Strong low-income housing tax credit (LIHTC) prices. Check.
Low-cost debt options. Check.
A seemingly endless demand for affordable housing. Check.
Despite all these favorable conditions, it could be much tougher to get deals done in 2016. The momentum that has helped developers over the past year could begin to slow. What could play the part of spoiler? For one, rising development costs.
One of the main reasons for escalating costs is a shortage in construction workers. A survey last summer by the Associated General Contractors of America revealed that 86% of construction firms reported difficulty filling hourly craft or salaried positions. In particular, 73% of firms that employ carpenters had trouble finding workers, but the problem was across all 21 crafts covered by the survey.
The growing competition to find workers is prompting companies to increase wages, which is leading to higher construction costs.
The shortage of skilled workers is not going to be solved in a year or two, said Mark McDaniel, president and CEO of Cinnaire, formerly Great Lakes Capital Fund. “I think this is so deep, so systemic,” he said at AHF Live: The Affordable Housing Developers Summit in November.
McDaniel spoke on the Tax Credit Equity Outlook Power Panel that featured several leading LIHTC syndicators and investors.
The worker shortage has become an increasing problem at job sites, agreed Joe Hagan, president and CEO of the National Equity Fund (NEF). He reported hearing a number of unusual stories from the field, including framers walking off one job to work at another site and developers luring workers to return the next day with the promise of a $50 bill.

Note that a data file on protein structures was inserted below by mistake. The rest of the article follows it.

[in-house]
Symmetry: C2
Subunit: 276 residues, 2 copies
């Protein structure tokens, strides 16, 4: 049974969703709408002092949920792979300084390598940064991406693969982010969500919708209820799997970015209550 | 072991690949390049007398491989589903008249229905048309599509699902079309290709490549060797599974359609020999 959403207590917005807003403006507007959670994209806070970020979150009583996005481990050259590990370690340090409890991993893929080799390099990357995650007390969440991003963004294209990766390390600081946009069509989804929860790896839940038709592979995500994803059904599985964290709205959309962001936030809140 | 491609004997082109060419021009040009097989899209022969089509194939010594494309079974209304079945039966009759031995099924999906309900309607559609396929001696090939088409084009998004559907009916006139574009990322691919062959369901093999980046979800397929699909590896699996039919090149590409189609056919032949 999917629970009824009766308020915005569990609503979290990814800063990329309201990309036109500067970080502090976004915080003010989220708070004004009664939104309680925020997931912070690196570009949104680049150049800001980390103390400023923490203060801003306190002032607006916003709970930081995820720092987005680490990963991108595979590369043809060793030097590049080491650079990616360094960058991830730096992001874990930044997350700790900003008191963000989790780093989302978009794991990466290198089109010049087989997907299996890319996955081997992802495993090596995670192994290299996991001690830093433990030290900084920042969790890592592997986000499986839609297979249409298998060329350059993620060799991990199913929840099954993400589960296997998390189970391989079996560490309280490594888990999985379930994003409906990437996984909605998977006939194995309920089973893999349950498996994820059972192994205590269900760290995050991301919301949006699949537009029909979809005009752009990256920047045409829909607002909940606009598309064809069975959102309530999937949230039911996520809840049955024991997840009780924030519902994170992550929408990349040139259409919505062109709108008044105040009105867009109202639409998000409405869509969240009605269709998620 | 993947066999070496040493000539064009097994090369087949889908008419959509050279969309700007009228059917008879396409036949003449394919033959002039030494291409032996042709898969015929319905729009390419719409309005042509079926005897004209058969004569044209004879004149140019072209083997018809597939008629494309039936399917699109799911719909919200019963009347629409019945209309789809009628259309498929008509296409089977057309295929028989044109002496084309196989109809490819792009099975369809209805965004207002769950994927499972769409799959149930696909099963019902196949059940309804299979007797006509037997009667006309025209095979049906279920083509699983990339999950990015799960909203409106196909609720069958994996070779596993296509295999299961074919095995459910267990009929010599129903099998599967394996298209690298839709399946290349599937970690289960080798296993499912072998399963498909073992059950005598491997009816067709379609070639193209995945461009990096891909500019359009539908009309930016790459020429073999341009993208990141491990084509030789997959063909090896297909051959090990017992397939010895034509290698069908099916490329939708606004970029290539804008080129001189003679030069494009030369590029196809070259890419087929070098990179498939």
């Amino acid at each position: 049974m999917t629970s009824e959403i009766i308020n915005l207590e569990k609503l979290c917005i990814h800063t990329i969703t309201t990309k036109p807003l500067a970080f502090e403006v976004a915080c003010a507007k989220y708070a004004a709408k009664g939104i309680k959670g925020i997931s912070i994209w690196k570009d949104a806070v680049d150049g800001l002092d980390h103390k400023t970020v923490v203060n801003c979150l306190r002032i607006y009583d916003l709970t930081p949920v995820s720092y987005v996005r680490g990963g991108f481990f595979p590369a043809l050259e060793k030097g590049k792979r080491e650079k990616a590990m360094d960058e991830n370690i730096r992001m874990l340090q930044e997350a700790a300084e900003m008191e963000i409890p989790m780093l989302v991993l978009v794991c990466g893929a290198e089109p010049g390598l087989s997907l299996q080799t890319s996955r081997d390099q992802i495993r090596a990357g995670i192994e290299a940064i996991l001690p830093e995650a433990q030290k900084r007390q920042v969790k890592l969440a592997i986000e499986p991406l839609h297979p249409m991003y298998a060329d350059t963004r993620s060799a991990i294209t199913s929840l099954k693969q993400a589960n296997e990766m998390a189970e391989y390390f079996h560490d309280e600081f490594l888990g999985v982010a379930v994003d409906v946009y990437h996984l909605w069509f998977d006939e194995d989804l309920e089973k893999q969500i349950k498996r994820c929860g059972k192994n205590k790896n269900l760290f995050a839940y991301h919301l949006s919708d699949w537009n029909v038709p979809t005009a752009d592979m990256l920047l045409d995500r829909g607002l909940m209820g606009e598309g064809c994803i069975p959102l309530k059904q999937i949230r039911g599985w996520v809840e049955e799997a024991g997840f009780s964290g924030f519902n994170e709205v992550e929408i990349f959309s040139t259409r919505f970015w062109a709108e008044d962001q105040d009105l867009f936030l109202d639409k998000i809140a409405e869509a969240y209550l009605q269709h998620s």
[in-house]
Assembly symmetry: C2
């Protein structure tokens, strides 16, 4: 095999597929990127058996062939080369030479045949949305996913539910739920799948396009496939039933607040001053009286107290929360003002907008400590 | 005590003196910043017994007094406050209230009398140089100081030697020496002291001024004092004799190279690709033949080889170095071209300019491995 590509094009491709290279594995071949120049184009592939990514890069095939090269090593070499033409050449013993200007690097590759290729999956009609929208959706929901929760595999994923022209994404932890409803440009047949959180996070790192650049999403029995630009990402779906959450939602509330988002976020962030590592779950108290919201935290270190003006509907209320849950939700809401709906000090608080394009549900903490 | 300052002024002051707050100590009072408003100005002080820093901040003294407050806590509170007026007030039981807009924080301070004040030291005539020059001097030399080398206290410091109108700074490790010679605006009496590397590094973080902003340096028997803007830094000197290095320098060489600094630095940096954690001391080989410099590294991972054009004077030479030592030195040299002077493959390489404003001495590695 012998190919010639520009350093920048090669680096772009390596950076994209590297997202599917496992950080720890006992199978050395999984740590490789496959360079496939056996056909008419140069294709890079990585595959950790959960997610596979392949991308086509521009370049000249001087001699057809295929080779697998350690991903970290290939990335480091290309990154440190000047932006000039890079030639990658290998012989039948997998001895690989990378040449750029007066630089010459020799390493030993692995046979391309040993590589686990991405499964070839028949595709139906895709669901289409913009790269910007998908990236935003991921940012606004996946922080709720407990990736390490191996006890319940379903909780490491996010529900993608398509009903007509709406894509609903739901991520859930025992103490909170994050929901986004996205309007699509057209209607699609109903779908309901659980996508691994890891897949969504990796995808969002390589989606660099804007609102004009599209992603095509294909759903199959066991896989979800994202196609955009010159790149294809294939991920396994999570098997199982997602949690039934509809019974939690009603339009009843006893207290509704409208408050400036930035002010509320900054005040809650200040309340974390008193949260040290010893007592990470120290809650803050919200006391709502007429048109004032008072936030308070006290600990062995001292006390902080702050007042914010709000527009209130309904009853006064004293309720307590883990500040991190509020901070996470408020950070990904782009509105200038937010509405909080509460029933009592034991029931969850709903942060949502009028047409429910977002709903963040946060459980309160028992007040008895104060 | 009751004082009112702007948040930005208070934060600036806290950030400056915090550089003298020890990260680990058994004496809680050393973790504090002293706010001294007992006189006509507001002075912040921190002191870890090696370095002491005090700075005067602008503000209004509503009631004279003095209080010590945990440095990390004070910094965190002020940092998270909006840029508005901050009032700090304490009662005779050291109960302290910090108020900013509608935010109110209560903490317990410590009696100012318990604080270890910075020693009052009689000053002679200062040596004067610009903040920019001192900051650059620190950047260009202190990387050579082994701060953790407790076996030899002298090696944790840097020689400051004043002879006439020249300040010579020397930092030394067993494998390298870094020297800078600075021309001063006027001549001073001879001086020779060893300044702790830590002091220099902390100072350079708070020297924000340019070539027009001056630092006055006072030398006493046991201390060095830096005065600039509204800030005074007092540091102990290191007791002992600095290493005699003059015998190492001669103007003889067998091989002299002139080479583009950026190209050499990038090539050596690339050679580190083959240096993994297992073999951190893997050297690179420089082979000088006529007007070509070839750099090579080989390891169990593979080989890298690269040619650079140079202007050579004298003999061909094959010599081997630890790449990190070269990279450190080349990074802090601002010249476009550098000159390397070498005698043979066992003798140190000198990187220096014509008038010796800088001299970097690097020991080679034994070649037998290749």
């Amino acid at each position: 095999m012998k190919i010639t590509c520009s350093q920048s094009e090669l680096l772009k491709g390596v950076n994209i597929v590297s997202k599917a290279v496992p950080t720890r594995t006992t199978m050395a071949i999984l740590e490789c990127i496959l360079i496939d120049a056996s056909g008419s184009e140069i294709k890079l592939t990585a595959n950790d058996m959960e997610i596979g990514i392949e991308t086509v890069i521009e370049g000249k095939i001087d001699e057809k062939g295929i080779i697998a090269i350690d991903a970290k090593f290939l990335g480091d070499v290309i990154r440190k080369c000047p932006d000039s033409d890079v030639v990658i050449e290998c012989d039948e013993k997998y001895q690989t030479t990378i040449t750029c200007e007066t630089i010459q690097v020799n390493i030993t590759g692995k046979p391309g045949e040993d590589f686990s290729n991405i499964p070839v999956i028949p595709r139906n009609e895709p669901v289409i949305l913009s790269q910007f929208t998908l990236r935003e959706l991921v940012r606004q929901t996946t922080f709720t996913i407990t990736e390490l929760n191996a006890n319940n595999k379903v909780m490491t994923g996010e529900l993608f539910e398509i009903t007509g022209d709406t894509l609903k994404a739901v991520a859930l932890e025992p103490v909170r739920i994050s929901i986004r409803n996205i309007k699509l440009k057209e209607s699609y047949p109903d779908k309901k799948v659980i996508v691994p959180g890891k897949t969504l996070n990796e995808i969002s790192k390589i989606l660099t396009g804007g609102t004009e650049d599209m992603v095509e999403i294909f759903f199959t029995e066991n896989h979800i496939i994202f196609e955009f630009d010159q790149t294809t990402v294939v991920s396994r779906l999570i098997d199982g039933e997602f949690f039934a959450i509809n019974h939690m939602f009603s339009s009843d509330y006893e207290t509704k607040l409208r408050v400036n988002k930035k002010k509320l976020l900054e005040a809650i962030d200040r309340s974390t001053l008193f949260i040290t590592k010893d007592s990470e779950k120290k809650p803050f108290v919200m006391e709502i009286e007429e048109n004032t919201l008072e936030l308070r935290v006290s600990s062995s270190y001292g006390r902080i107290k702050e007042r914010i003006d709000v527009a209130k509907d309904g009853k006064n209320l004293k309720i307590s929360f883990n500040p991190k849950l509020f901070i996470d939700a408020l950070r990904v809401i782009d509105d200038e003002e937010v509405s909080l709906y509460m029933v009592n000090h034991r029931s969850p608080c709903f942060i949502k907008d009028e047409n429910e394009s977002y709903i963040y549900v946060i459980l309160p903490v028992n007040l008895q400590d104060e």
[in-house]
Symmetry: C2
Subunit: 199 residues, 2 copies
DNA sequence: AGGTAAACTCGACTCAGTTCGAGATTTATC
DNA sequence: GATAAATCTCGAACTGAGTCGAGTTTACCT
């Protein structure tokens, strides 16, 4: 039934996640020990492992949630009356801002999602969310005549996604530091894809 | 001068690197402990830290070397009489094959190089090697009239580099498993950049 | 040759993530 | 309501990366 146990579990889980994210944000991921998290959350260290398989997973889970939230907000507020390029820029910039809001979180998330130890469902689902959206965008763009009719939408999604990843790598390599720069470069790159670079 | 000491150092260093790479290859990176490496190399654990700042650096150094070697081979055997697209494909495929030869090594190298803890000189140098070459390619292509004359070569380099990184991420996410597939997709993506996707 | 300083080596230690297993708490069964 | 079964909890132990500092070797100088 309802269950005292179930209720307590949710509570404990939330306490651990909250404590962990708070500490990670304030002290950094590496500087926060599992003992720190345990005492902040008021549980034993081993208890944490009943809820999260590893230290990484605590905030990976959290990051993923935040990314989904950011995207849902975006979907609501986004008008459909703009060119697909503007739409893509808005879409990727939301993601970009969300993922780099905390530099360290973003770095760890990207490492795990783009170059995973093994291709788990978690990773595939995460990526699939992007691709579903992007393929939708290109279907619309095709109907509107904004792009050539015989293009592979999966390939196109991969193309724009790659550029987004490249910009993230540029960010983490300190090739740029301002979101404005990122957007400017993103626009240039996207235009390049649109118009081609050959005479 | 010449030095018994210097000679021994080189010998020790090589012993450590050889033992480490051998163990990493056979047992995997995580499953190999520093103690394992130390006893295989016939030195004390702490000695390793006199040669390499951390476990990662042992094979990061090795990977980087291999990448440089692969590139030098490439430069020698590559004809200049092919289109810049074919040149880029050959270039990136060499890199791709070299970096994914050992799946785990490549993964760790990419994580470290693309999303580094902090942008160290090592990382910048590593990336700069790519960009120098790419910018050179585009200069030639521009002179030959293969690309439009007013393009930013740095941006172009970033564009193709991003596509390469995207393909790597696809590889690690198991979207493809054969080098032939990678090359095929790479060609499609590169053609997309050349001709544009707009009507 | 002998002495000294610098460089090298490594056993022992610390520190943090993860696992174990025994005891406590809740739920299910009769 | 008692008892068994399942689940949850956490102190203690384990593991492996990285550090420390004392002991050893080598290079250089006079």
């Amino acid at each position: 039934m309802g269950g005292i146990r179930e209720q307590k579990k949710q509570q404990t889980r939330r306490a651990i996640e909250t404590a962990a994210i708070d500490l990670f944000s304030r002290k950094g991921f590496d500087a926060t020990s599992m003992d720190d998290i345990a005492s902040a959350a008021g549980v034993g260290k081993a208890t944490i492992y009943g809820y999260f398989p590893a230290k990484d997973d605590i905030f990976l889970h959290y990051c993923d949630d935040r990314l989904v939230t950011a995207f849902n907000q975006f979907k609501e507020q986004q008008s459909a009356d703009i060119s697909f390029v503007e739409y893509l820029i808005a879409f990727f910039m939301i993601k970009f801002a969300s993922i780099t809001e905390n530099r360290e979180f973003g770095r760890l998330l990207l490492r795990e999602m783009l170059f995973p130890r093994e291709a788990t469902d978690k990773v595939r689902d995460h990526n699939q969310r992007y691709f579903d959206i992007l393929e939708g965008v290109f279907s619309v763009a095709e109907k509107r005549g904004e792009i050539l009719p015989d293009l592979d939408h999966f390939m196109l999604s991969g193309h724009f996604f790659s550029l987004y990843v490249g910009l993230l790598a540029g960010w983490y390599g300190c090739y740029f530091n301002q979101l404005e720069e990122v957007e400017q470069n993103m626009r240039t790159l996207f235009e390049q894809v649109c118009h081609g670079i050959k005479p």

A recent Supreme Court decision could also trigger higher costs for many projects. In a 5-4 ruling, the court determined that actions with a discriminatory effect are unlawful under Fair Housing Act, regardless of intent.
The case began several years ago when a fair housing organization brought a disparate-impact claim against the Texas Department of Housing & Community Affairs, alleging the department had caused continued segregated housing patterns by allocating too many housing tax credits to developments in predominantly black inner-city neighborhoods and too few in predominantly white suburban neighborhoods.
“This is something a lot of people should be concerned about because you’re going to see some significant changes,” Hagan said, explaining that state housing finance agencies are going to be forced to look at their qualified allocation plans to make sure they are in line with fair housing regulations.
While the intentions of the Supreme Court ruling and the state housing agencies may be good, their actions could have big consequences.
“Trying to put decent, safe affordable into these areas of opportunities is a lot more expensive,” said Corine Sheridan, vice president and director of origination at Boston Capital. “We’re not going to cut costs with this.”
Developers are working with a fixed amount of subsidies, so the higher costs will make deals tougher to do, added Todd Crow, executive vice president and manager of tax credit capital for PNC Real Estate.
“I worry this is a situation where good is becoming the enemy of great,” he said. “Everybody would like to see great opportunities, access to retail, better schools. That’s a terrific outcome. I don’t think anybody is opposed to that, but I think how it’s implemented is a concern. As a matter of public policy, cost is an issue for our industry.”
If there is a push to build LIHTC developments in high-opportunity zones and costs increase, Crow worries that “the next shoe to drop is going to be criticism of the increased cost.”
Affordable housing often costs more than other housing to develop for a variety of reasons, including having to meet different design and program requirements. However, developers and housing leaders have had difficulty explaining why affordable housing costs what it does.